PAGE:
Picking Up the Pieces by Wendy Dewar Hughes
[Editor's Note: This gripping novel is well-crafted, well-plotted and suspenseful. It is not your typical "inspirational" novel. Hughes successfully blurs genres with her well-honed storytelling abilities. ] Chanticleer Book Review Blue Ribbon Awards Writing Contests recognize outstanding books and manuscripts. We are honored to announce the INDIE Awards First Place Blue Ribbon winning novels and their authors. Each winning INDIE novel was judged for the following qualities:
Let's face it - English is a crazy language.
There is no egg in eggplant nor ham in hamburger; neither apple nor pine in pineapple.
English muffins weren't invented in England or French fries in France.
Sweetmeats are candies while sweetbreads, which aren't sweet, are meat.
We find that quicksand can work slowly, boxing rings are square and a guinea pig is neither from Guinea nor is it a pig.
And why is it that writers write but fingers don't fing, grocers don't groce and hammers don't ham?
If the plural of tooth is teeth, why isn't the plural of booth beeth?
One goose, 2 geese. So one moose, 2 meese? One index, 2 indices?
Doesn't it seem crazy that you can make amends but not one amend.
If you have a bunch of odds and ends and get rid of all but one of them, what do you call it?
If teachers taught, why didn't preachers praught?
If a vegetarian eats vegetables, what does a humanitarian eat?
In what language do people recite at a play and play at a recital?
Ship by truck and send cargo by ship?
Have noses that run and feet that smell?
How can a slim chance and a fat chance be the same, while a wise man and a wise guy are opposites?
Your house can burn up as it burns down, you fill in a form by filling it out and an alarm goes off by going on.
When the stars are out, they are visible, but when the lights are out, they are invisible.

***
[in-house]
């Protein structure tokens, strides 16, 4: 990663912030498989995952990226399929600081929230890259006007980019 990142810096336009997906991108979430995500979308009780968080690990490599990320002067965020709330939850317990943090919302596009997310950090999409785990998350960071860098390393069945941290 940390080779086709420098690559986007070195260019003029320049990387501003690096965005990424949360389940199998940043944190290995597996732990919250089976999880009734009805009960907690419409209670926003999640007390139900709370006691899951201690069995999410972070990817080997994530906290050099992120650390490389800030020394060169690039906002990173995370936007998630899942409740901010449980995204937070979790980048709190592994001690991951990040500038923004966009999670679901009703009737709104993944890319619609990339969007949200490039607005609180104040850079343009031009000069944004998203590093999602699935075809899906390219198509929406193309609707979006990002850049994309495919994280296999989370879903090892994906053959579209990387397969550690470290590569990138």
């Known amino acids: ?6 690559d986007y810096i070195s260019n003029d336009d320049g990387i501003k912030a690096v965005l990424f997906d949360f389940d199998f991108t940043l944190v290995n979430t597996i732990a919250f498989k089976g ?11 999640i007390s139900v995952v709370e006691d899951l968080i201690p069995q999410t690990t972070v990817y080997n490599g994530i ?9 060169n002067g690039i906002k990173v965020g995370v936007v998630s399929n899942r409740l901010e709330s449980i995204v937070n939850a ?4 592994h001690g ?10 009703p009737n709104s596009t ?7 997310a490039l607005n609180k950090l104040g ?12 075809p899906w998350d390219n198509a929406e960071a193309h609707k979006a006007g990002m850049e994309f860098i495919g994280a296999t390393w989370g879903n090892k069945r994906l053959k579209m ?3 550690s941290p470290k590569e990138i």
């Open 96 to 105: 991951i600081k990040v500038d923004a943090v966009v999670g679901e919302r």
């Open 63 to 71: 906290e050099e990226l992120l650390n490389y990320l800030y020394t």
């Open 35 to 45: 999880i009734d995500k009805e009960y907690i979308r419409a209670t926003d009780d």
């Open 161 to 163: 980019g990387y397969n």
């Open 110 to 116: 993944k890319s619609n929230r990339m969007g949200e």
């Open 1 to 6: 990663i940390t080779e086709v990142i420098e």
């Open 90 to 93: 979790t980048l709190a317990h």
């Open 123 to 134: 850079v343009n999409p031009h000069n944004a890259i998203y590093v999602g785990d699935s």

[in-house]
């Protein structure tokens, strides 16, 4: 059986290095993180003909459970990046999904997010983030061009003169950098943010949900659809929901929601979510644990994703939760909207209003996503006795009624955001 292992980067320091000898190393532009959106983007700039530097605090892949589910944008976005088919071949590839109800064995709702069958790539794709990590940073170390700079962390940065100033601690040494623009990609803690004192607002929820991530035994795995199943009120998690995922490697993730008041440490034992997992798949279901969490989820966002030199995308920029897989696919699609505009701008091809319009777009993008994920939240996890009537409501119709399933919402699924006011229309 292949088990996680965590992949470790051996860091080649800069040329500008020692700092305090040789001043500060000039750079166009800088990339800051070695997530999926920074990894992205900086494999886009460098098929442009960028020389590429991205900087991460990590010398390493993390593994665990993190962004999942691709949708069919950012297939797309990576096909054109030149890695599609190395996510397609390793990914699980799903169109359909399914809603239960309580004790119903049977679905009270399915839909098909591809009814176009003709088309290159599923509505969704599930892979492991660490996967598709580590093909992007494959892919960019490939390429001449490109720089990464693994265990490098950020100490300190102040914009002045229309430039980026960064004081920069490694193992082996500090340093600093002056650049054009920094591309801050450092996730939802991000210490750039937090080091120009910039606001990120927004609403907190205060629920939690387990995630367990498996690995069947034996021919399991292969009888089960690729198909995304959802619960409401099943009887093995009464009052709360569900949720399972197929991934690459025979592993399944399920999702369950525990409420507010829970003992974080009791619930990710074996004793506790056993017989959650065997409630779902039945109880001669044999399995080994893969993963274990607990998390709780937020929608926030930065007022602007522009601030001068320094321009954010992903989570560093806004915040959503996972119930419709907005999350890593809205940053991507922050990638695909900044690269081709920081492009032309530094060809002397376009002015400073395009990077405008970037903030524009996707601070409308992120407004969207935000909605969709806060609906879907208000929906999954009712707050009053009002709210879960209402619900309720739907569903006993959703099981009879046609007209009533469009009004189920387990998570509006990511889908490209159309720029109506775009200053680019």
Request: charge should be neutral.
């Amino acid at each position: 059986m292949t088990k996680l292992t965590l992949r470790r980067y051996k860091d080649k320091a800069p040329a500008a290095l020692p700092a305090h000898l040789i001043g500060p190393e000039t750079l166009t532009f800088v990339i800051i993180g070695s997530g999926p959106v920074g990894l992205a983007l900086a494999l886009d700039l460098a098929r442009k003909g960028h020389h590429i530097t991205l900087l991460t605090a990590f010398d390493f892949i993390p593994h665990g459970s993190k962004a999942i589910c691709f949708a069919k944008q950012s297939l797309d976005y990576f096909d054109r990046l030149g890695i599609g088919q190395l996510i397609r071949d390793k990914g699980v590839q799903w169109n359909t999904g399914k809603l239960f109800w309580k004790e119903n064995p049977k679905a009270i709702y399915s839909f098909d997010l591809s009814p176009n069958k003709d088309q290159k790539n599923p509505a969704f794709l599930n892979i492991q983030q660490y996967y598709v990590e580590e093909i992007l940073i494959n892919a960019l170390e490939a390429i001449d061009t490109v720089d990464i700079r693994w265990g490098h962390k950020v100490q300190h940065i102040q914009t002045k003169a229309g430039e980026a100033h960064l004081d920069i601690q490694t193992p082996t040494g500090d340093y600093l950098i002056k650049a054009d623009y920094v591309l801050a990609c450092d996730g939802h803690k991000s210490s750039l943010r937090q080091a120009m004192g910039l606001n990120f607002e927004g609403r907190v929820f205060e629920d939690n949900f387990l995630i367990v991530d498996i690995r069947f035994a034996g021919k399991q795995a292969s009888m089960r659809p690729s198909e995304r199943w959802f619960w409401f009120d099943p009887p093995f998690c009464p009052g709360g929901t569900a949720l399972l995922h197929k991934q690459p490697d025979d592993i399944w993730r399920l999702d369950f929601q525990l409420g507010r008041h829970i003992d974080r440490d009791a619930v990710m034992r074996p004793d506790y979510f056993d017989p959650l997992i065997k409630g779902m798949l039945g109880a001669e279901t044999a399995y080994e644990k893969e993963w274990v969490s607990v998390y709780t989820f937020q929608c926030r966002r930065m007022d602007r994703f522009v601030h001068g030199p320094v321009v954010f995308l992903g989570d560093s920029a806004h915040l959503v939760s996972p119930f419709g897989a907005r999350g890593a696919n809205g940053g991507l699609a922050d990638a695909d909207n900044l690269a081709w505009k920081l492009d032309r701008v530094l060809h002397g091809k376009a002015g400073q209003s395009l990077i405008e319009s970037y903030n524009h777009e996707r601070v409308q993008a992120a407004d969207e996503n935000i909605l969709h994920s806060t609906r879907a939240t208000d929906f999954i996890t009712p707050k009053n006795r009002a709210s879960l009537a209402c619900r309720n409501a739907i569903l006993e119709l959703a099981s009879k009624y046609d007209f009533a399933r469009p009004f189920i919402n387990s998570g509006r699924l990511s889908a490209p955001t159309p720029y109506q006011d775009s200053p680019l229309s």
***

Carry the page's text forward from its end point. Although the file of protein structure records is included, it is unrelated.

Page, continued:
Why doesn't "Buick" rhyme with "quick?"
Why do we say something is out of whack? What's a whack?
Why do we drive on a PARKWAY, and park in a DRIVEWAY?
Meet my friend, Raye, who read my novel, Picking up the Pieces, and loved it so much that he wanted to meet me.
So in July, when I was in Saskatchewan visiting family, Raye arranged to come by to say "hello" and have our photo taken together.
Thank-you, Raye, for your kind words and support. The sequel, called, The Glass Dolphin, is currently in the creation stage.
In my novel, Picking up the Pieces, heroine Jill Moss travels to numerous exotic locations in search of pieces of a peculiar Mayan artifact.
Many of these locations are based on places that I have either lived or visited. The house in this photo is one of them. An estate in the South of France, Bidaine was owned by an American couple when my husband and I and our two children went there to live in the late 80s. Originally an 18th century "hunting lodge" for the French aristocracy, this estate features water gardens, orchards, a swimming pool with a fountain in the centre, rose gardens, guest houses and a long "allee" of plane trees. The owners were collectors of 18th century antiques and costumes and the interior of the house had been converted back to the decor of the times.
In my novel, I patterned the home of Jill's mother's friend, Geneva, after this estate and describe some of its charms in the scenes that take place there. For more locations that appear in the book, take a look at my Pinterest board.